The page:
It seems like a pretty useful tool to me — not because this was hard before, but because it makes it very clear to people what is possible. I think many knowledgeable users are aware that people can see what they are doing on an open wifi network unless they are going to an HTTPS site. But what is not at all obvious, unless you are a web developer or otherwise someone who spends time thinking about how cookies work, is that seeing what you're doing means being able to steal your session at all kinds of sites — even those with an HTTPS login. There are a lot of people who don't care if people watch what they are doing on Facebook at the coffeeshop but care very much if someone starts posting status updates using their account.
posted by enn at 11:04 AM on October 25, 2010 [1 favorite]


Civil_Disobedient: So this only works with unencrypted login pages.

No, it doesn't care if the login pages are encrypted or not; it steals cookies from non-encrypted traffic after the target logs in. Read the article.
posted by ericost at 11:05 AM on October 25, 2010 [1 favorite]


Or, what enn said.
posted by ericost at 11:06 AM on October 25, 2010


"sure, this type of attack is trivial for anyone who knows a few things about computer security"

I wouldn't say "trivial" exactly, in that your standard script kiddie wouldn't know how to do it. What I am concerned about, really, is whether that's the case after today...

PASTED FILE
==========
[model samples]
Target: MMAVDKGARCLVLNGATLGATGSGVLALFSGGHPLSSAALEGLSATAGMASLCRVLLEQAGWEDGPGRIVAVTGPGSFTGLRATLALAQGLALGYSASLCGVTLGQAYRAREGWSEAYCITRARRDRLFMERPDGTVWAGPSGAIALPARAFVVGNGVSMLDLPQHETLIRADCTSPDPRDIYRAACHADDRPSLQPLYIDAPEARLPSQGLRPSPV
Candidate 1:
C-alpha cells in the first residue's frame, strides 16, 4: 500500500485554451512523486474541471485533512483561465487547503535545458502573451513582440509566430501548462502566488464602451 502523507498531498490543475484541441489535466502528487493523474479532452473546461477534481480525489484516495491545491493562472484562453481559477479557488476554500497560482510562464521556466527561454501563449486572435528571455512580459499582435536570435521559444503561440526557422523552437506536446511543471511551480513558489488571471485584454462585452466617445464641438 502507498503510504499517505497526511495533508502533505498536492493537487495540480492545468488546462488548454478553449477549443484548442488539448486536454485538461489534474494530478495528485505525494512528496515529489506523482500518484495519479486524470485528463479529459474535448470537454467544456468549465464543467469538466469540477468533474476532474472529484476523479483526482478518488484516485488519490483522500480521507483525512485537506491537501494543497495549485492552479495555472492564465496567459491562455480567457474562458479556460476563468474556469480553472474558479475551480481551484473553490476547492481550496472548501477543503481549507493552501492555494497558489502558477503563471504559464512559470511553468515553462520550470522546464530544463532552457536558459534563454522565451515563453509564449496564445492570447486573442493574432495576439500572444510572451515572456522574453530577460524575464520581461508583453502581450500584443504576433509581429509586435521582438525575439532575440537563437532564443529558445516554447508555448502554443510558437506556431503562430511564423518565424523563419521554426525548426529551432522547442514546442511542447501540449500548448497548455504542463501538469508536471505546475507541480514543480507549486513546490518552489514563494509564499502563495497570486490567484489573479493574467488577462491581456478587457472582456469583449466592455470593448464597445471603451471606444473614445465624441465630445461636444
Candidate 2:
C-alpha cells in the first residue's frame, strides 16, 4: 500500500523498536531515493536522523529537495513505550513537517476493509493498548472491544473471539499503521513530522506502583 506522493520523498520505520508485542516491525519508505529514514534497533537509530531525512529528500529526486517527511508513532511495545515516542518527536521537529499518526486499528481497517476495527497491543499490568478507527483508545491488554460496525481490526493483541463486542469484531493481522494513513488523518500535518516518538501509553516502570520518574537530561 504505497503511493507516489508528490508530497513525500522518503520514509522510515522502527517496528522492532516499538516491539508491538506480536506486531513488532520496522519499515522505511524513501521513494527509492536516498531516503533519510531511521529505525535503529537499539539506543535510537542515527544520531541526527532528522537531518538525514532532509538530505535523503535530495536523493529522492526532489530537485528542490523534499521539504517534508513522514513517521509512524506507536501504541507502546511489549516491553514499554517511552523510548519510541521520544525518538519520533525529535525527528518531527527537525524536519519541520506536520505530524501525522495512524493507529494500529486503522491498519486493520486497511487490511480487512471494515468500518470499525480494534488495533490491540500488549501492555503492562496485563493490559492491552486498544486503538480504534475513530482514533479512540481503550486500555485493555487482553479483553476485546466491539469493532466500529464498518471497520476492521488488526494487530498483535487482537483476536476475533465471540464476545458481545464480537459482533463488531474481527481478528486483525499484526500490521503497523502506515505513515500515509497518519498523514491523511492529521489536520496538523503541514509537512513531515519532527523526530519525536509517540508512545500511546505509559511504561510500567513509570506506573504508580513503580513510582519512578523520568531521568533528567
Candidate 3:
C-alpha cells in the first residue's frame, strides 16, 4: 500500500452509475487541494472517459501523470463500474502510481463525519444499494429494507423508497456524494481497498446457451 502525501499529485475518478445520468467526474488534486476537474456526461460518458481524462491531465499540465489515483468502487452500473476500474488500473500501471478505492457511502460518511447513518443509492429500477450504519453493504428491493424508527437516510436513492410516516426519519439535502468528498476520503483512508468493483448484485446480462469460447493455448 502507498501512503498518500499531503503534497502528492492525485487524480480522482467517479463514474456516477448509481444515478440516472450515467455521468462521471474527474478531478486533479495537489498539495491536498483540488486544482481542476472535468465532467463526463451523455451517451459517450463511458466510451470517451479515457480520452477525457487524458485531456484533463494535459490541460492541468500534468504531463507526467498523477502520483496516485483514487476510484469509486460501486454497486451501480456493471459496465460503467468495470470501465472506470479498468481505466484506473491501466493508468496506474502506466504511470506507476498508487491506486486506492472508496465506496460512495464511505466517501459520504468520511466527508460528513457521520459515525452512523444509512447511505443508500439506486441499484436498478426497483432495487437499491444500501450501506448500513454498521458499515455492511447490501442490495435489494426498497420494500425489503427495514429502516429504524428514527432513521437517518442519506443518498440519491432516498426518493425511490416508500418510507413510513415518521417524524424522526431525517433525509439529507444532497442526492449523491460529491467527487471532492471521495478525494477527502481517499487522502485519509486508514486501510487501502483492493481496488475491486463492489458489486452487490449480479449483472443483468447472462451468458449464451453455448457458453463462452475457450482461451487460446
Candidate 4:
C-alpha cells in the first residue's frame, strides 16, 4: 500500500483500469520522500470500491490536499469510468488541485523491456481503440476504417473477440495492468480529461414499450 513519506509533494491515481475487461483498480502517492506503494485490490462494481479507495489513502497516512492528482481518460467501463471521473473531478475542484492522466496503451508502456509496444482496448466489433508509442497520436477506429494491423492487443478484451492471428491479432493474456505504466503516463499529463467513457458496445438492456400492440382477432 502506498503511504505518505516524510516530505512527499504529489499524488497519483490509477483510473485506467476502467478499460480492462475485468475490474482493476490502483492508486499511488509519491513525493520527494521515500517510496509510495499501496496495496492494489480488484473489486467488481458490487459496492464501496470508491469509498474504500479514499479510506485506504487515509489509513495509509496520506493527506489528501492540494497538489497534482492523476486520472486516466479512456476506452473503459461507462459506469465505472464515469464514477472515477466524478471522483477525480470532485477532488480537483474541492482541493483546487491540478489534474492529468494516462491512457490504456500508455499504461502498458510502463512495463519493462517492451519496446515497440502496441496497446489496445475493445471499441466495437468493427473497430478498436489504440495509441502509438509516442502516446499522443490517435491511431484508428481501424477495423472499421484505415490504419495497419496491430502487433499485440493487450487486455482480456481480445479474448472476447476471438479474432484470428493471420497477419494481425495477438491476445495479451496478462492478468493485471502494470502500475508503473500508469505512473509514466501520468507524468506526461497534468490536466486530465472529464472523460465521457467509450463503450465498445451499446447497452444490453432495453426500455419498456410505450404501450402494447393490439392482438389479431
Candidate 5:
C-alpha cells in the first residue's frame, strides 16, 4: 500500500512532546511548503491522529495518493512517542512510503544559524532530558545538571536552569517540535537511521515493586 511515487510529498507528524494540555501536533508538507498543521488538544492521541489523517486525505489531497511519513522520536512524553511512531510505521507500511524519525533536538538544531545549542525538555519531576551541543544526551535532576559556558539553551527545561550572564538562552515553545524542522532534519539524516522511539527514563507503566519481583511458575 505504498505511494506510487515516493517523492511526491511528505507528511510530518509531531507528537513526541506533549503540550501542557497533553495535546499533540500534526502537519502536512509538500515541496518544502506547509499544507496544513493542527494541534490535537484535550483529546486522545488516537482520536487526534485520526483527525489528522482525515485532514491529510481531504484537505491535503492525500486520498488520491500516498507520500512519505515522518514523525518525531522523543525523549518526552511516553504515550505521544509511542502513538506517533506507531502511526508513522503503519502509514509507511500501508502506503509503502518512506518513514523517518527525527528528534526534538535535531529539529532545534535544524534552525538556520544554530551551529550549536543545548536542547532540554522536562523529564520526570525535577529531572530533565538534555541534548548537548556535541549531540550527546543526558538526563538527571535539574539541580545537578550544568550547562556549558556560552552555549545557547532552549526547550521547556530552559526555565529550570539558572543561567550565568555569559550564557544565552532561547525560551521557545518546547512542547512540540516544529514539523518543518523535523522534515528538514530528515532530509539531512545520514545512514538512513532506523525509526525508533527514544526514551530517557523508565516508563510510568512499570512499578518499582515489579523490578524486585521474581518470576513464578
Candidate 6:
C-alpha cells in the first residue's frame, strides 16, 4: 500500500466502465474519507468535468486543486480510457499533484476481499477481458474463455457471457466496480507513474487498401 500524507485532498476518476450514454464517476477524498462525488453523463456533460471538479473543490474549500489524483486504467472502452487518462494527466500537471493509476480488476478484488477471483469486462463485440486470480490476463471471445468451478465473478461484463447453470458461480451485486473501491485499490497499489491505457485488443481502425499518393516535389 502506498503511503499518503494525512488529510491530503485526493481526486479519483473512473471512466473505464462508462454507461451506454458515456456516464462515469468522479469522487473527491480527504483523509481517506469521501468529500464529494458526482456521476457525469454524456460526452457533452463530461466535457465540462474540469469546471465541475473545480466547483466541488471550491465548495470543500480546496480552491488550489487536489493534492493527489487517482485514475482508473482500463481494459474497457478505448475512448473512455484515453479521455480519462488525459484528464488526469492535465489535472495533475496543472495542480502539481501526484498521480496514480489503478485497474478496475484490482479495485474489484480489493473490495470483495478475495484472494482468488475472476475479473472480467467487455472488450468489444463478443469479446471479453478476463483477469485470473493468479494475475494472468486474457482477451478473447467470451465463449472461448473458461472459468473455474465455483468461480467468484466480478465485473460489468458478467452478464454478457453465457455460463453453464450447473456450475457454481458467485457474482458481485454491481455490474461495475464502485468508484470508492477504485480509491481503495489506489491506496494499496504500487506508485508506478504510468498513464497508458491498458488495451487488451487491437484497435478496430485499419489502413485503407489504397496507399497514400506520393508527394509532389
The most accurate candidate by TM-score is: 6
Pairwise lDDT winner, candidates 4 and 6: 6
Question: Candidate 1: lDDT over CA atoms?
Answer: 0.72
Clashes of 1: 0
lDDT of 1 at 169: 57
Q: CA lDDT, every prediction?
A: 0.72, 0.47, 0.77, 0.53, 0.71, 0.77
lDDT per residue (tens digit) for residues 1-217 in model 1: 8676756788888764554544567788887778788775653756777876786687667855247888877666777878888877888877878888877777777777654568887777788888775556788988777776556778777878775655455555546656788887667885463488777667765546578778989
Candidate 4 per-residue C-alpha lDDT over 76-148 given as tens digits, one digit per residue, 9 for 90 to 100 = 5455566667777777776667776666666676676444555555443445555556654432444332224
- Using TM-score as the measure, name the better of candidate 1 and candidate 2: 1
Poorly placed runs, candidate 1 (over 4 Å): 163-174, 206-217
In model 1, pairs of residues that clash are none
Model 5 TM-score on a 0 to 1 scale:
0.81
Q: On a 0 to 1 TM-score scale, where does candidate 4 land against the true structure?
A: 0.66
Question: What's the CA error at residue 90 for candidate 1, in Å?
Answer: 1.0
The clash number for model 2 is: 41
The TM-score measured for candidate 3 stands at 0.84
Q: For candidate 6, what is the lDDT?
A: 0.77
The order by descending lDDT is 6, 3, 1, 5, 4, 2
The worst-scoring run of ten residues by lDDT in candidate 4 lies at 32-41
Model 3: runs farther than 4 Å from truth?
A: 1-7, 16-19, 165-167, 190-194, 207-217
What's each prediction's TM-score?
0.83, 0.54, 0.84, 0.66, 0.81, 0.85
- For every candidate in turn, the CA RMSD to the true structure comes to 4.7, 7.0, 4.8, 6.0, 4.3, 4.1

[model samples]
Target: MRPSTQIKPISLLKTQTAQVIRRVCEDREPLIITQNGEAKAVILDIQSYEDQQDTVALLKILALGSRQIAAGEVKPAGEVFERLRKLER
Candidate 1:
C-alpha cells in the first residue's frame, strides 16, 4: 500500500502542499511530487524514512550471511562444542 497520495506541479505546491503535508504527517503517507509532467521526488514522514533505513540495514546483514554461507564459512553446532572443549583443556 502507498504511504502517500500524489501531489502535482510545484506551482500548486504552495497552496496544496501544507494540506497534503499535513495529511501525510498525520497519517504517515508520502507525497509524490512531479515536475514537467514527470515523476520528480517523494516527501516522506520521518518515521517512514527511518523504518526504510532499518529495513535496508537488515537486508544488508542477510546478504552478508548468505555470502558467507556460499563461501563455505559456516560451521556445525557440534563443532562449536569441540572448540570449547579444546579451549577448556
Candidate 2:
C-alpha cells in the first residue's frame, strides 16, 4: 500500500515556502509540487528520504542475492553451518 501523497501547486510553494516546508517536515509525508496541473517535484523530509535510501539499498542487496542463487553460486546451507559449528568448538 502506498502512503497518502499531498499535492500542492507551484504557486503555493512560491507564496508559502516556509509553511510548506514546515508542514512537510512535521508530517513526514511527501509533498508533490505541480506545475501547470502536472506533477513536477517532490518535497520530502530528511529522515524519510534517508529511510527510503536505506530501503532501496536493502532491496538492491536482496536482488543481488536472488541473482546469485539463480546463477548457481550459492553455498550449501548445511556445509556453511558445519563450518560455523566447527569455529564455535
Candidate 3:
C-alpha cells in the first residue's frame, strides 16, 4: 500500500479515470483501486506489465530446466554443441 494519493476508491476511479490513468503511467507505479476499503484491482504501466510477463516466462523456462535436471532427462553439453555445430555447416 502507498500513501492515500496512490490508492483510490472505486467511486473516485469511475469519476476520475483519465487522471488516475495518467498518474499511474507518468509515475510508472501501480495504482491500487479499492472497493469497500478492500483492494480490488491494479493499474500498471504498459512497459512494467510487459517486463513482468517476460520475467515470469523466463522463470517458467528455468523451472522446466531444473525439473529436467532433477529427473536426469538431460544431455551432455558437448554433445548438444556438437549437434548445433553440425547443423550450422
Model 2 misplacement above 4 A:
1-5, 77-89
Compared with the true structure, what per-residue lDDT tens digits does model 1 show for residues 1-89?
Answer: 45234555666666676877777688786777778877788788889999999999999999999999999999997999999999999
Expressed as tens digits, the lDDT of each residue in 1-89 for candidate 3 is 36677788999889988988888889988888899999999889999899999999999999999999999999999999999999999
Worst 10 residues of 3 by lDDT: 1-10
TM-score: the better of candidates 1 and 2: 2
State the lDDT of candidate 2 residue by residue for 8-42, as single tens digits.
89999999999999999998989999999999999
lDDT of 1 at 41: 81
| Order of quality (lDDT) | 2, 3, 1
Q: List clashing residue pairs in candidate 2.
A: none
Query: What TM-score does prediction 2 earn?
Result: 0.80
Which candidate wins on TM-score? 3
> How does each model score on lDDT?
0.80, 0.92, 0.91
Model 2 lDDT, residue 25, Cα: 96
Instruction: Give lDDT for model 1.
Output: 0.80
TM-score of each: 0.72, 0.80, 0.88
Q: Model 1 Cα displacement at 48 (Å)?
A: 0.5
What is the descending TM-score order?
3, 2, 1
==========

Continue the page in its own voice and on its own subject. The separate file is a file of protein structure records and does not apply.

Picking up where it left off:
NPR did a story on this kind of exploit awhile back. Interestingly enough, it found that the most common profile for those who used the exploit for criminal gain were overseas CS students in the US, who have been having a harder time finding work, and who pay higher tuitions to go to college.
posted by markkraft at 11:13 AM on October 25, 2010


"seeing what you're doing means being able to steal your session at all kinds of sites — even those with an HTTPS login"

... which is why FireSheep is designed to only let people steal sessions on a certain limited collection of social networking sites, presumably.

That said, people hack software all the time. How hard will it be for someone to figure out how to modify FireSheep to, indeed, steal sessions at basically any site?

I understand the justification for creating this tool, but that doesn't mean it's not damn dangerous and quite possibly misguided, because the solution will not be a quick, easy one.

In fact, it could also really hurt the idea of free, anonymous WiFi, because if the options are exposing all your users to potential harm -- and your company to possible liability -- or pulling the plug, well...

Hm. We'll have to see how this plays out.
posted by markkraft at 11:22 AM on October 25, 2010


I wouldn't say "trivial" exactly, in that your standard script kiddie wouldn't know how to do it.

Sure he would. Piece together the other guy's HTTP stream with Wireshark, find the cookie header, use one of the Firefox cookie editing plugins to spoof it. You don't need to know how to write code or much about security — you just need minimal knowledge of the HTTP protocol, and not very much of that. It's certainly well within reach of anyone who knows how to run Aircrack.
posted by enn at 11:28 AM on October 25, 2010


Really it should all be encrypted. HTTPS's overhead is not as bad as people think.
posted by cftarnas at 11:51 AM on October 25, 2010


No, it works with sites where the login page is encrypted, but subsequent page views